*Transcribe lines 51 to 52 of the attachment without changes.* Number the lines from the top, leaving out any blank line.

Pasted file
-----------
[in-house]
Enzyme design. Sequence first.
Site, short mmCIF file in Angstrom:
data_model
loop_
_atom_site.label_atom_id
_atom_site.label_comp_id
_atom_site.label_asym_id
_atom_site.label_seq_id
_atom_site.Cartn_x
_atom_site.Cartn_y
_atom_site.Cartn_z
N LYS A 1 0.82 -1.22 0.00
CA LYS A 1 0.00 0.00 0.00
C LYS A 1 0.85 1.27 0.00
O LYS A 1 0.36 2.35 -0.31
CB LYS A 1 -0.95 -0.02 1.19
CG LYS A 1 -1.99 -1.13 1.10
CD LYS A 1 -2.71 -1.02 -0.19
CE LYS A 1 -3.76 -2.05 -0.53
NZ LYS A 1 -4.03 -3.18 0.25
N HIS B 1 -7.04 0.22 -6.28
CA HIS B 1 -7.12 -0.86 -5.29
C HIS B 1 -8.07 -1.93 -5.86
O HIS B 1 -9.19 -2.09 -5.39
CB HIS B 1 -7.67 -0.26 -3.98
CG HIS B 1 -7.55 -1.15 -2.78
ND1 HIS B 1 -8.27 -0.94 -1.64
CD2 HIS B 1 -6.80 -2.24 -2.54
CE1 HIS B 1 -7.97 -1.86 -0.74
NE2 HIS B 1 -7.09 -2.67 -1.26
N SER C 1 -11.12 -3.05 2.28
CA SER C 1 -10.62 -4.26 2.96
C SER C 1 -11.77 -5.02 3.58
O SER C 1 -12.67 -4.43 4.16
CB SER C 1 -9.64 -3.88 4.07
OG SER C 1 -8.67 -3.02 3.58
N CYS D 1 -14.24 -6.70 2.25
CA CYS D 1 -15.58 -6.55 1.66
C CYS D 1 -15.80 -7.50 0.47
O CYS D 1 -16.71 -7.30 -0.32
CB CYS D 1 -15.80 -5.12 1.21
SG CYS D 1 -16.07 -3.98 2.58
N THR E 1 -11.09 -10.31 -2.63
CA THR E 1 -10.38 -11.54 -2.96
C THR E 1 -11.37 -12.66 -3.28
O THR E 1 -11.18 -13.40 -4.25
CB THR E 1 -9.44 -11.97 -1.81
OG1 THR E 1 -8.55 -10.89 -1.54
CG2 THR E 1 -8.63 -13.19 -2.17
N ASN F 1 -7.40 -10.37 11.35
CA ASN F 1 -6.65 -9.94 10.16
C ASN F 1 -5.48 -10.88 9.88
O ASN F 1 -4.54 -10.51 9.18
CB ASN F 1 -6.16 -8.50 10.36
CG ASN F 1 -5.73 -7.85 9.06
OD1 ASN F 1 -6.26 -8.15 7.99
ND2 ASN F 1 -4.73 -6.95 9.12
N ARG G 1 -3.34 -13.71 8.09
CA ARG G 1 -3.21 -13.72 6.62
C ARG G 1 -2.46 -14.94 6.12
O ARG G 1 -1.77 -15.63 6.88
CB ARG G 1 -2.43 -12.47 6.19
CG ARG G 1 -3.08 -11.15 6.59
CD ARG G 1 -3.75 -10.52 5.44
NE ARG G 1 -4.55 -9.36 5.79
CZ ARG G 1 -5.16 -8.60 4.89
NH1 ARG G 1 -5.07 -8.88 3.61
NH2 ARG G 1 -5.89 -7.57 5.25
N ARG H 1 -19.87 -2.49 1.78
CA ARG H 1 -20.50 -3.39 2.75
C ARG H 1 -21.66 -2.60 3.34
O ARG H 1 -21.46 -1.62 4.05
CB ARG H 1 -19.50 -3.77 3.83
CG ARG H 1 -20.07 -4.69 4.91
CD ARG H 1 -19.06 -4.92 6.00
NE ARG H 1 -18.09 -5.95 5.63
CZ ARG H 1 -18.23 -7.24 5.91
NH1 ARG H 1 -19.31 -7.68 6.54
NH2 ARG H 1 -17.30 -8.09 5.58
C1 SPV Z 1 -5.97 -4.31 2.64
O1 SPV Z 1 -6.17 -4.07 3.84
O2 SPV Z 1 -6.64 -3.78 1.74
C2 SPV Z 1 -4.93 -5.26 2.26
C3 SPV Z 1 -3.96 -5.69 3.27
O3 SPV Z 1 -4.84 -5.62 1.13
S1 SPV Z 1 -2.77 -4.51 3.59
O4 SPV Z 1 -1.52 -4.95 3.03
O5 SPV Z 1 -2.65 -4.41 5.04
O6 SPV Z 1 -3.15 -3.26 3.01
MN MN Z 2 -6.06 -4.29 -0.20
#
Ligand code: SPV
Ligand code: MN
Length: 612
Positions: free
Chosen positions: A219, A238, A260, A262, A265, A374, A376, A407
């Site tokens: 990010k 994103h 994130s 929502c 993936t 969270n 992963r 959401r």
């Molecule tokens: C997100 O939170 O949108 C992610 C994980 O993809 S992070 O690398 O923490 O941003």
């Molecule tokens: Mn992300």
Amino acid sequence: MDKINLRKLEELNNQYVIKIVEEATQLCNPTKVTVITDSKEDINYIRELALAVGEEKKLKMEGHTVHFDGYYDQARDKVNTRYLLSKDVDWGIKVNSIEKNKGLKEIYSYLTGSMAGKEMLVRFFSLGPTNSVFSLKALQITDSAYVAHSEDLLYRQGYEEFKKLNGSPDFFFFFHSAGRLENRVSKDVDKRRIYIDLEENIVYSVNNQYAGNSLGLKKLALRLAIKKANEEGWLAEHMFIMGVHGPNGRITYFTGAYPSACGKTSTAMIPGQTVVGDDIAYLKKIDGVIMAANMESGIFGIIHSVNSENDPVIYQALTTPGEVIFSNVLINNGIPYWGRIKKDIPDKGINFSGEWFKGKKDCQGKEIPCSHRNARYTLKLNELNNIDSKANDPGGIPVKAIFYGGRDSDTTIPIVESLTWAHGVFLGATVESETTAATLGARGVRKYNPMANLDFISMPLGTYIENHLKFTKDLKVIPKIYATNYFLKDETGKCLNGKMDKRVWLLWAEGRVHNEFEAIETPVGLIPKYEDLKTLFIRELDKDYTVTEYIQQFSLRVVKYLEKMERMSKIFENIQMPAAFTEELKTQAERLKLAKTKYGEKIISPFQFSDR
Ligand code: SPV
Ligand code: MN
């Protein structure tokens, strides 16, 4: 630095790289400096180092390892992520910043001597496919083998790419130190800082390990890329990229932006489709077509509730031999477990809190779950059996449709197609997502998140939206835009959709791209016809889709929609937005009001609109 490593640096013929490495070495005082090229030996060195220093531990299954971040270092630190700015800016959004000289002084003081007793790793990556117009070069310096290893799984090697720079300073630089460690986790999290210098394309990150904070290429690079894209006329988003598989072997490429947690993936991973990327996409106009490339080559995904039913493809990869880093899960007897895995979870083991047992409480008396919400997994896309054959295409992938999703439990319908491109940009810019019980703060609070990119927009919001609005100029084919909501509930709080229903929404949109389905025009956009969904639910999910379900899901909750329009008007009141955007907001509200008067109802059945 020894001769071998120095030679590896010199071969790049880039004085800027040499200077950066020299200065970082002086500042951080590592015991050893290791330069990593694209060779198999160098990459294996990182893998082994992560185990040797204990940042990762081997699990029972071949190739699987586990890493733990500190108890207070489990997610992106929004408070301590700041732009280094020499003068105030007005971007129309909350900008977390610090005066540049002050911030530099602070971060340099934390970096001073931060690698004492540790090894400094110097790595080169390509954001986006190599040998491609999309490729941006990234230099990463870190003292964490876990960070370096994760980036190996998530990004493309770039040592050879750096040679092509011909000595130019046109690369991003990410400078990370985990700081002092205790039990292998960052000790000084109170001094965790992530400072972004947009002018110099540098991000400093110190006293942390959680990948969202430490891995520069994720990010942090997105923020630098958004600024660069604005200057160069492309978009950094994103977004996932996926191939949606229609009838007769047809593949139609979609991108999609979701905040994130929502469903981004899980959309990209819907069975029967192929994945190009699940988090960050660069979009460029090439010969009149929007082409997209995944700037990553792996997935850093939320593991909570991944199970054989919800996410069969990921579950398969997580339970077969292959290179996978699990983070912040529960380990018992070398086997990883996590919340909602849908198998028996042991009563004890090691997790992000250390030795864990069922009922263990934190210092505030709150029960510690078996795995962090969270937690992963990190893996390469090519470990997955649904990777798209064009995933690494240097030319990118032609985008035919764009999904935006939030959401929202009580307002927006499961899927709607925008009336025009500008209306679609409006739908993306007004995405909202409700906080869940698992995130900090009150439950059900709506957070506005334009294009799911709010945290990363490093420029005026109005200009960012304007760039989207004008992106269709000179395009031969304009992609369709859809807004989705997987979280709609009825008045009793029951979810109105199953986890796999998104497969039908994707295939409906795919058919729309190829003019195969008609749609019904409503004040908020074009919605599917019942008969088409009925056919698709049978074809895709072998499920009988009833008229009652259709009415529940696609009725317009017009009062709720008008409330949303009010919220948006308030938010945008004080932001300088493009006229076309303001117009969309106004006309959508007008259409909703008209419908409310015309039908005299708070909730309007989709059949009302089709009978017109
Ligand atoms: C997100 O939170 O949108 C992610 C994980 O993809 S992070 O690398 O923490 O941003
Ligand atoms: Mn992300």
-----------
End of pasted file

N ASN F 1 -7.40 -10.37 11.35
CA ASN F 1 -6.65 -9.94 10.16